David Bourget (Western Ontario)
David Chalmers (ANU, NYU)
Rafael De Clercq
Jack Alan Reynolds
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Synthese 87 (2):311 - 329 (1991)
In this paper, a Wittgensteinian account of the human sciences is constructed around the notions of the surface of human life and of surface phenomena as expressions. I begin by explaining Wittgenstein's idea that the goal of interpretive social science is to make actions and practices seem natural. I then explicate his notions of the surface of life and of surface phenomena as expressions by reviewing his analysis of mental state language. Finally, I critically examine three ideas: (a) that the goal of interpretive inquiry is realized through a descriptive, context-constructing method that enables investigators to grasp the instincts, mental states, and experiences (Geist) expressed in surface phenomena; (b) that uncovering rules plays a minor role in this enterprise; and (c) that surface phenomena not only can be made natural but also have causes and are subject to causal explanation.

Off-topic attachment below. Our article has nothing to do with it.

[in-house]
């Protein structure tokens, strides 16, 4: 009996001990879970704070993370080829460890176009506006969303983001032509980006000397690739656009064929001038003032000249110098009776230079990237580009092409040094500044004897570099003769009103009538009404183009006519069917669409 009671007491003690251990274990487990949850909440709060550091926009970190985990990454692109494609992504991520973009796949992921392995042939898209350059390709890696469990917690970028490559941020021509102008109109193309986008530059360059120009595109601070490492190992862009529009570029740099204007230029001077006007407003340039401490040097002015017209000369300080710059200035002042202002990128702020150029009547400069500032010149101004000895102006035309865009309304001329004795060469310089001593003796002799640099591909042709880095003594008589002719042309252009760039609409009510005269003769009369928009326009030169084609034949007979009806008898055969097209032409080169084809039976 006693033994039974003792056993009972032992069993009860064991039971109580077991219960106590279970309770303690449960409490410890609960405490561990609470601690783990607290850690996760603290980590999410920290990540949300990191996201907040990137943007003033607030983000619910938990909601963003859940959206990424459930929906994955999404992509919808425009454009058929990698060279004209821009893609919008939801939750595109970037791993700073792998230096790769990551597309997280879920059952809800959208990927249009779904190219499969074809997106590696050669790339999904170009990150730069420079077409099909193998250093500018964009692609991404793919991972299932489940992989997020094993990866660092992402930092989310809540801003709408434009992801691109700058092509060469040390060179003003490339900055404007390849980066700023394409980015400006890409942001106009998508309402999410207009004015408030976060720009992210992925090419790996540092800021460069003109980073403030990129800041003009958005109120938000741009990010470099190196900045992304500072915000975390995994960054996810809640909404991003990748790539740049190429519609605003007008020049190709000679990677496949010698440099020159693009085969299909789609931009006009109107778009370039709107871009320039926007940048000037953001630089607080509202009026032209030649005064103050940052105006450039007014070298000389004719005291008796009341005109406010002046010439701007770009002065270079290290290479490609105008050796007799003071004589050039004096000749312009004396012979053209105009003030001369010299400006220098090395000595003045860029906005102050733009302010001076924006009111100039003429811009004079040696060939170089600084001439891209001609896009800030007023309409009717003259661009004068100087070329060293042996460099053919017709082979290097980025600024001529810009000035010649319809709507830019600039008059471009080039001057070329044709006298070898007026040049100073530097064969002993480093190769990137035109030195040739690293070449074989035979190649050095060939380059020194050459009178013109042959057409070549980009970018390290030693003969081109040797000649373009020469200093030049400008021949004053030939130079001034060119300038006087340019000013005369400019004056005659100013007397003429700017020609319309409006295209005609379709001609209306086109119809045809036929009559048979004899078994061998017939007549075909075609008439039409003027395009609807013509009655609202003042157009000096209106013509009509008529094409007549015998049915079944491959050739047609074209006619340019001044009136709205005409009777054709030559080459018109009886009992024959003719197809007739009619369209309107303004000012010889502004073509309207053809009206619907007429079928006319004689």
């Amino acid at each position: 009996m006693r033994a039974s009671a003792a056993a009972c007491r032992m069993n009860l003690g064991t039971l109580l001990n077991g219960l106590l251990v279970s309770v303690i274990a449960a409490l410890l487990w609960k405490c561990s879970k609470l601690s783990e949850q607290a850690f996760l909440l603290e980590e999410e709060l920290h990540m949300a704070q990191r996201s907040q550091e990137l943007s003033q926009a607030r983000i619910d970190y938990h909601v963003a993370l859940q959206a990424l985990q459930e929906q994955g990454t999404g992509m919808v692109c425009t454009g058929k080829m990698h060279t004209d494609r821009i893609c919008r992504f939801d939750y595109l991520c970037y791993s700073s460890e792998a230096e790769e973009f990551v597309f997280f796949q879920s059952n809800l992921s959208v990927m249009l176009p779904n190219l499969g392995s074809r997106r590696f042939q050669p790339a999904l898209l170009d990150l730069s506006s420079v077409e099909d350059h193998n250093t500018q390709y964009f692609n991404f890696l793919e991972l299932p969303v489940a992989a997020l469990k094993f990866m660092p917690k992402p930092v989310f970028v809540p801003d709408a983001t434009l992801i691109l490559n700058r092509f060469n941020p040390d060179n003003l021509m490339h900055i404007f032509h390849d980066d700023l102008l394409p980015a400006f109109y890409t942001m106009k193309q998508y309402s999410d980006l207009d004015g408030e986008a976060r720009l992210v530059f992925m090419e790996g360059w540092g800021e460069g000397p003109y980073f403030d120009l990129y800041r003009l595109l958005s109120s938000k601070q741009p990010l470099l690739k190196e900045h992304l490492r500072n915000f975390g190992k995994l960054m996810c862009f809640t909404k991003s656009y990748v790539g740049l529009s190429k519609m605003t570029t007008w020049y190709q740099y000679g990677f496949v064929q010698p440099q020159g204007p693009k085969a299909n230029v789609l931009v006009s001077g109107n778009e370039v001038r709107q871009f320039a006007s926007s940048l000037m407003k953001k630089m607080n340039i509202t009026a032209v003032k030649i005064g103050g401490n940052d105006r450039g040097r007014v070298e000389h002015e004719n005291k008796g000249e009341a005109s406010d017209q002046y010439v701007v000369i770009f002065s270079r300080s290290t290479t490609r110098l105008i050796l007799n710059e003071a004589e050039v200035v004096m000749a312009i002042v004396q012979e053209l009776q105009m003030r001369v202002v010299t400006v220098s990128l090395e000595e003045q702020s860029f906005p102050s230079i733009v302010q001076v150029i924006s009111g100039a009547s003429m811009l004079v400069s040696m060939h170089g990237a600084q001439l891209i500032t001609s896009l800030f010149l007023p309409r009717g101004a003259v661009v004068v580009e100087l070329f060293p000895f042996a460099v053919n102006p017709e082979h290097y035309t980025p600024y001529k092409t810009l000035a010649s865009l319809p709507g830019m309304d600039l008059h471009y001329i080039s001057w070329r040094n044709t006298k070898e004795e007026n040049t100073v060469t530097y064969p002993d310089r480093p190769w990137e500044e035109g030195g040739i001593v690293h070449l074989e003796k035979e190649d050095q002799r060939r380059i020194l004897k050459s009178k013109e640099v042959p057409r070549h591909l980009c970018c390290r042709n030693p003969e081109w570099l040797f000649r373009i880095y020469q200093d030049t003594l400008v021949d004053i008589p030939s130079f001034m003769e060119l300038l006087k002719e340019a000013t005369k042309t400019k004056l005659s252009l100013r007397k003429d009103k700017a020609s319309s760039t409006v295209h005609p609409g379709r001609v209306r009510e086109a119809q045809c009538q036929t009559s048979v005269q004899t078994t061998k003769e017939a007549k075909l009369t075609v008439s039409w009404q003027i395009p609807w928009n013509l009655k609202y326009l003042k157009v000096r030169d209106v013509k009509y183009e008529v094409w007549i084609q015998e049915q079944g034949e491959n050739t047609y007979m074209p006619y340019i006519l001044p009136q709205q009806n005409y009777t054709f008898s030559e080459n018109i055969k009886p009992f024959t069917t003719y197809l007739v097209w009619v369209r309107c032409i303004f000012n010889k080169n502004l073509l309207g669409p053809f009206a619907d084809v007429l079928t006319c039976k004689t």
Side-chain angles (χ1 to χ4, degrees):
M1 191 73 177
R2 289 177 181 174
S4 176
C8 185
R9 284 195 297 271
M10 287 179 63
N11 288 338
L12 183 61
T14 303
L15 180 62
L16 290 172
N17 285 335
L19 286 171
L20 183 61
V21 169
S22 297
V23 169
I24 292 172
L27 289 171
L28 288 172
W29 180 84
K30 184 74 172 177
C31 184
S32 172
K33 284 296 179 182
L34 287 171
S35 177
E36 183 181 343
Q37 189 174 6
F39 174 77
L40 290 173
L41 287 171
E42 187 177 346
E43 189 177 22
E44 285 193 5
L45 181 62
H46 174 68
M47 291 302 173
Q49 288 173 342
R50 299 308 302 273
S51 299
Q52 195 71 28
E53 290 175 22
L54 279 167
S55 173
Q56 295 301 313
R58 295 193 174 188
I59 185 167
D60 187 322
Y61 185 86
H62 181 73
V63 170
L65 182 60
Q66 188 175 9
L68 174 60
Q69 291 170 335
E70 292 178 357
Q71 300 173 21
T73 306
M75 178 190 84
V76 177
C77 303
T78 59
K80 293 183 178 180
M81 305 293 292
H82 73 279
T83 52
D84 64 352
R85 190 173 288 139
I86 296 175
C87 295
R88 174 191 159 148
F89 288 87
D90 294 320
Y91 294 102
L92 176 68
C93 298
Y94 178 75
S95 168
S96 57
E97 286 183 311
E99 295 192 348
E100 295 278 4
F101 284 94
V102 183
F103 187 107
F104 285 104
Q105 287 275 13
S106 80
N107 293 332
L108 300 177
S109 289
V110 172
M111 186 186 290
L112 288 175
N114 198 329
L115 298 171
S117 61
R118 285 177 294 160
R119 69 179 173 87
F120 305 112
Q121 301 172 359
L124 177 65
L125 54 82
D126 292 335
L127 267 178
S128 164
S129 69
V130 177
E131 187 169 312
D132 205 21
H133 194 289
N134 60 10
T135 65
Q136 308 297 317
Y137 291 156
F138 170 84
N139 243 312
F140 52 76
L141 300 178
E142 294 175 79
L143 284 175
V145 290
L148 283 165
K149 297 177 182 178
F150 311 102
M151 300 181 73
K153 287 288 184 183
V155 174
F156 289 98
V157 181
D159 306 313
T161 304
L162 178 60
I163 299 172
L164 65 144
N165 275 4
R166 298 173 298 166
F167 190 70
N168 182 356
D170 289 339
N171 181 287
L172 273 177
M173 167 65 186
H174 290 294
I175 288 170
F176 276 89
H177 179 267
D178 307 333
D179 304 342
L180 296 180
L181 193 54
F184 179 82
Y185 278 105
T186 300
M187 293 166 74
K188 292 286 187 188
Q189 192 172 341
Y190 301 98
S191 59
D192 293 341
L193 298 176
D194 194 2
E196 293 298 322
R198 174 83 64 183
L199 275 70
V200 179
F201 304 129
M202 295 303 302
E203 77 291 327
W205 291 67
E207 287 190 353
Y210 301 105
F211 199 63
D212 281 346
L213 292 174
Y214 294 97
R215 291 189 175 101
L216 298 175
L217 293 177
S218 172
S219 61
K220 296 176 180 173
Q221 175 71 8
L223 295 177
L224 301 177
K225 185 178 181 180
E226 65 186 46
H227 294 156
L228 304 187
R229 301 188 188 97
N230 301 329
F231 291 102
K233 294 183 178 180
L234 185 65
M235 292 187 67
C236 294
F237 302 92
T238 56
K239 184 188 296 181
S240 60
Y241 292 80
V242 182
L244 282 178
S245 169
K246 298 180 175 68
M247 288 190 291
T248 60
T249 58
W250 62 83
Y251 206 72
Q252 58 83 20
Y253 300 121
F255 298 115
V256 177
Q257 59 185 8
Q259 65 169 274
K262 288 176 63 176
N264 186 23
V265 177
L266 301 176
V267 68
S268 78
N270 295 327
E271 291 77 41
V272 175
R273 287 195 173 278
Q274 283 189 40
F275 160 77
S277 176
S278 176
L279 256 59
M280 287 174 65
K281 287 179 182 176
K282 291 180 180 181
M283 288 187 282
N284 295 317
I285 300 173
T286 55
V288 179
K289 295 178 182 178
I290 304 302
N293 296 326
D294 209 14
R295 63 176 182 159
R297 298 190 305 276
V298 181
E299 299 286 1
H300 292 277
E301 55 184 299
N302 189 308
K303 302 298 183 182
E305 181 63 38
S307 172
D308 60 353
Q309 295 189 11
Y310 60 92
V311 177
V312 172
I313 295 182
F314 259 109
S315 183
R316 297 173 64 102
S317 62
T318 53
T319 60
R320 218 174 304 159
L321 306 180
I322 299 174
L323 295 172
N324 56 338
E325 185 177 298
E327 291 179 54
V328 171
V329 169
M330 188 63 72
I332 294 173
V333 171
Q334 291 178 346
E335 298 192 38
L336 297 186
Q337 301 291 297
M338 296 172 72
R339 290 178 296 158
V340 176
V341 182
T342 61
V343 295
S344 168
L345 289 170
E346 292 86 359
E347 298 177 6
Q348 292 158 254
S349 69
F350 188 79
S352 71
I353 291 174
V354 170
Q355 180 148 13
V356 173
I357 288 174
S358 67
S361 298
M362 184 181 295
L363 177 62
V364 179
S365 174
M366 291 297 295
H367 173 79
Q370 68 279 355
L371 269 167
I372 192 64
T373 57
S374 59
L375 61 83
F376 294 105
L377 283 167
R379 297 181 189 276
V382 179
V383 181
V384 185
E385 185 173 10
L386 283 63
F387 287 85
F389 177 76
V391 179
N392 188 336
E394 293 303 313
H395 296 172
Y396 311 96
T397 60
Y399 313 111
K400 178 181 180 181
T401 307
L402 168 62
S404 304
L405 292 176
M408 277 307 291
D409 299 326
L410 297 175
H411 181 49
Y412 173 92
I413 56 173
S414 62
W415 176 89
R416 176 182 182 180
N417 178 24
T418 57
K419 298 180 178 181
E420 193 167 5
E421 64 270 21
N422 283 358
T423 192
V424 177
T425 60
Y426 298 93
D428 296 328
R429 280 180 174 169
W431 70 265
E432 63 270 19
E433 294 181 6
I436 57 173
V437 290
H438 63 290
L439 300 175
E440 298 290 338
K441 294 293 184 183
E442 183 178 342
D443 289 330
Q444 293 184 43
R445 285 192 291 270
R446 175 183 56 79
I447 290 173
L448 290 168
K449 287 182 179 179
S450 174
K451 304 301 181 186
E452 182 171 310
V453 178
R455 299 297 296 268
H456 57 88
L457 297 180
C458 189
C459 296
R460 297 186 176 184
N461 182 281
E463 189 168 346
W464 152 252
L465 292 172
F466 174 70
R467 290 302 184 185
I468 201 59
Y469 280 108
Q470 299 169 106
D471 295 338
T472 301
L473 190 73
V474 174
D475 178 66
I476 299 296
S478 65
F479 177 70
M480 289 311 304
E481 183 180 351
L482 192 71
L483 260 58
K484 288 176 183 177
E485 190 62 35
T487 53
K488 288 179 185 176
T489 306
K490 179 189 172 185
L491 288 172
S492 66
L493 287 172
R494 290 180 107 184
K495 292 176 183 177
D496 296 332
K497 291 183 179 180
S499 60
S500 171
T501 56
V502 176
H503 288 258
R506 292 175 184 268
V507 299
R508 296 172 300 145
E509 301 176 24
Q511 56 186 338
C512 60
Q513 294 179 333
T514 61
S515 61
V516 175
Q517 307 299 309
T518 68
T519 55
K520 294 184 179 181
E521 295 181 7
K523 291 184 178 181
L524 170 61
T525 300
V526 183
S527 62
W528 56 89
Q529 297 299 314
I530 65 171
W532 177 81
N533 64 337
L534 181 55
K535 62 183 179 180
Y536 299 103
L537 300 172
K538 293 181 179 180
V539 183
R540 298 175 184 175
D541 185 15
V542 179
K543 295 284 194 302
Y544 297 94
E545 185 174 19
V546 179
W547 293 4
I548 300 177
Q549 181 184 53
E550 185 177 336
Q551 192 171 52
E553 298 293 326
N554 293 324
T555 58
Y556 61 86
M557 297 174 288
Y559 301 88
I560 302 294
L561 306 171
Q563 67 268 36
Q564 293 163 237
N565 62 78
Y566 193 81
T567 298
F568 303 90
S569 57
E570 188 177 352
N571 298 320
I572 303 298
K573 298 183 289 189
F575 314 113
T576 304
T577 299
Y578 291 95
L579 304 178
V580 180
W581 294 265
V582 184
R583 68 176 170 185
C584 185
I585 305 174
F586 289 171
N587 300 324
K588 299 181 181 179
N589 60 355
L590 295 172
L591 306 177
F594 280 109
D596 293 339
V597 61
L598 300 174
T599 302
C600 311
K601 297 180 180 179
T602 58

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References found in this work BETA
Ludwig Wittgenstein (1969/1991). On Certainty (Ed. Anscombe and von Wright). Harper Torchbooks.
Ludwig Wittgenstein (1967). Zettel. Oxford, Blackwell.
Ludwig Wittgenstein (1980). Culture and Value. University of Chicago Press.
Citations of this work BETA
Theodore R. Schatzki (1993). Wittgenstein + Heidegger on the Stream of Life. Inquiry 36 (3):307 – 328.
Raymond Caldwell (2012). Reclaiming Agency, Recovering Change? An Exploration of the Practice Theory of Theodore Schatzki. Journal for the Theory of Social Behaviour 42 (3):283-303.
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